NuView Relocates NAS Data

Texas startup's software upgrade enables users to automatically move files to cheap storage

August 6, 2003

3 Min Read
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Six months after adding Unix support to its StorageX software, Houston-based startup NuView Inc. is back with more enhancements: The company says it has beefed up the file server management product with data lifecycle management capabilities (see NuView Manages Data Lifecycles and NuView Fills Out).

StorageX provides a global namespace, a sort of metadirectory of NAS namespaces. With version 4.0, the software now allows administrators to set up policies to automatically manage and move data across heterogeneous NAS environments based on the importance of that data. Companies using the software can, for instance, set up policies to automatically ship data to cheaper storage as it gets older and its importance diminishes, without ever changing how users access the data.

StorageX 4.0 also offers snapshot capabilities, allowing administrators to back up only changes made to data, thus helping to shorten the backup time.

"Our global namespace enables us to treat [diverse file servers] as one large pool of storage," says Rahul Mehta, NuViews founder, president, and CEO. "We can mask the complexity of the storage... Administrators can transparently move files from different tiers of storage without affecting the users."

Information lifecycle management (ILM) has become one of the hottest buzzwords in storage. Almost every company in the industry is talking about how they can (or plan to) help users match the quality of service they need for particular types of data with appropriately priced storage (see Behind EMC's New Software Splash, Veritas Moves up the Stack, and Rainfinity Gets Reinforced).Mehta, however, insists that NuView’s global namespace approach to data lifecycle management makes it unique. He points out that, unlike global-file-system-based approaches, the StorageX global namespace doesn’t care what kind of file system is being used and can therefore be used across all systems.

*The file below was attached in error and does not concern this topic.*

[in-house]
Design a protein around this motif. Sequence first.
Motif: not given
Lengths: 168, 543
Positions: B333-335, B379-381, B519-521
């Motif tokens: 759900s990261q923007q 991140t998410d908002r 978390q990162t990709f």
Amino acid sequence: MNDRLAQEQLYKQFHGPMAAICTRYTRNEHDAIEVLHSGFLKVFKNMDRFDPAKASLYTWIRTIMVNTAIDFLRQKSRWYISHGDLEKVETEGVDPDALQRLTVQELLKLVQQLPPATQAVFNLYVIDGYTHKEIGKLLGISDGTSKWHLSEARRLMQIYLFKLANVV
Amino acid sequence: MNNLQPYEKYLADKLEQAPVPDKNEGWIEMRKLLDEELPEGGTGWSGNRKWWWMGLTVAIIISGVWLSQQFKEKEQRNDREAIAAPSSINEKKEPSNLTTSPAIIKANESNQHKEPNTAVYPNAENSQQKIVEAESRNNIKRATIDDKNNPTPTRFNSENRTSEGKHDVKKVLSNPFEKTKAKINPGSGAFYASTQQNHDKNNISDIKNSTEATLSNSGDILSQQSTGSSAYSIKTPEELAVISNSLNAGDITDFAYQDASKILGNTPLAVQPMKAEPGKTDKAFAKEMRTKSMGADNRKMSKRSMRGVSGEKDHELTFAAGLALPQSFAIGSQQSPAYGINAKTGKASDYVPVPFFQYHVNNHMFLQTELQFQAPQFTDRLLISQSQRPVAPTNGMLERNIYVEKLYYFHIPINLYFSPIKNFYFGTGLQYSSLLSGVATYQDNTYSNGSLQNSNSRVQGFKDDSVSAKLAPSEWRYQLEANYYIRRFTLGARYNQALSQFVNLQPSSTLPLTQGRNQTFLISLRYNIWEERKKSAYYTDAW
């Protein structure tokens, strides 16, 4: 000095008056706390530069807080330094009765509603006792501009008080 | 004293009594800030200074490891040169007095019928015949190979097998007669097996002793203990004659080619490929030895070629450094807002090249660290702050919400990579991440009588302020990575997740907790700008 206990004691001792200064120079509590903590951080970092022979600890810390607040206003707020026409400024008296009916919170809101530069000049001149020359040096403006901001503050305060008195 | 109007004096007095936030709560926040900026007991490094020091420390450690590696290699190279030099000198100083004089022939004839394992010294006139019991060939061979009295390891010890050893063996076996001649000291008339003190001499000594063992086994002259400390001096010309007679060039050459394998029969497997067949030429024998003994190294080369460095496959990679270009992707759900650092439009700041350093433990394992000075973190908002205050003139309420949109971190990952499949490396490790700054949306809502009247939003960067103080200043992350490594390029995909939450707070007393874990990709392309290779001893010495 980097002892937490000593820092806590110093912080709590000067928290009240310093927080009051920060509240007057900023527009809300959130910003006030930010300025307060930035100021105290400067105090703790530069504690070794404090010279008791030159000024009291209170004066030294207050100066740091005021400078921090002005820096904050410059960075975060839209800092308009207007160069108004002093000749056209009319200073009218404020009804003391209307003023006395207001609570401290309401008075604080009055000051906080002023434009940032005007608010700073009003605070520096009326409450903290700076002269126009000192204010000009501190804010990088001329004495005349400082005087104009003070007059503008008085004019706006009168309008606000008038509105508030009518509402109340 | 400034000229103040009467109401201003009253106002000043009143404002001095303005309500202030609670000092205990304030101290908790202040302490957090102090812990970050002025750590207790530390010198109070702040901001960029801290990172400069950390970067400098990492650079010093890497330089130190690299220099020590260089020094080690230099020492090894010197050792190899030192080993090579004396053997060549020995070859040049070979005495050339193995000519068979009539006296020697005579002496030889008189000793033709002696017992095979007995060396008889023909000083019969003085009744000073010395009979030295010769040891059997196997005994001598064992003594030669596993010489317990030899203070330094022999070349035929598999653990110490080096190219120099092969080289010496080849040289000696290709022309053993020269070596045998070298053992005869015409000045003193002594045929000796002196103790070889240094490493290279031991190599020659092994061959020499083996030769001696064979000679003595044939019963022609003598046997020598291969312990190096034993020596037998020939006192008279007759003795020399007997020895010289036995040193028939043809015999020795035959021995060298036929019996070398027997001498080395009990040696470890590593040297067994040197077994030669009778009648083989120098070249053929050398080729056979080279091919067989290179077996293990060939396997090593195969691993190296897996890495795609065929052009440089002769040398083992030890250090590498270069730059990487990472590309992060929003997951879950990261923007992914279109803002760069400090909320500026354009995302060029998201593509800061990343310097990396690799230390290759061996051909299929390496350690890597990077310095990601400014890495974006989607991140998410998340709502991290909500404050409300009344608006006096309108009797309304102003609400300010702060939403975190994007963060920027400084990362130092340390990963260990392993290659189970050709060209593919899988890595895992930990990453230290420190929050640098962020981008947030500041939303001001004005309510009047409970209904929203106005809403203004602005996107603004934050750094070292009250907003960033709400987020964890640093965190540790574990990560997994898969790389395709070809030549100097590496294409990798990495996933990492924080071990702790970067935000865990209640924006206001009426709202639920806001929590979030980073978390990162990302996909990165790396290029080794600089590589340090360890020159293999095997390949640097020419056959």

The data-movement features in StorageX 4.0 are similar to those in Arkivio Inc.'s Auto-Stor, among others. However, the NuView software is primarily designed to provide a global namespace rather than migrate files.

As Enterprise Storage Group Inc. analyst Steve Duplessie notes: "Everybody is talking ILM, [but] these little goofy guys in Texas appear to really enable it to happen." [Ed. note: He's referring to NuView, not the Dallas Mavericks.]

John McArthur, an analyst with IDC, says an important feature of NuView's software is that it doesn't require any changes in how the data is accessed. "When you have to do something different to access your data, it’s a major headache for end users," he says.

As enthusiastic as industry observers may be about NuView and its new software version, they are also quick to point out that, as a startup, the company will certainly face a number of hurdles. "Whenever you work with startups, you have to go through all of the usual questions... like how they offer international support," McArthur notes. This doesn’t mean people will walk away, he says; just that they’ll be more cautious.Giving NuView a measure of leverage is its OEM partnership with Network Appliance Inc. (Nasdaq: NTAP) (see NetApp OEMs NuView).

NuView says it already has dozens of customers for its StorageX software, and that some of those are already using version 4.0. The customers are mainly Fortune 500 companies, and they stretch across different industries, including finance, oil and gas, and healthcare, Mehta says.

"I’ve been impressed that they’ve got traction in the market," says Michael Fisch, an analyst with The Clipper Group Inc. "Adding data lifecycle management gives companies one more reason why they might want to look at NuView."

The software costs $2,000 per server. Companies using previous versions of StorageX with maintenance contracts can upgrade to the new version for free, NuView says.

— Eugénie Larson, Senior Editor, Byte and Switch

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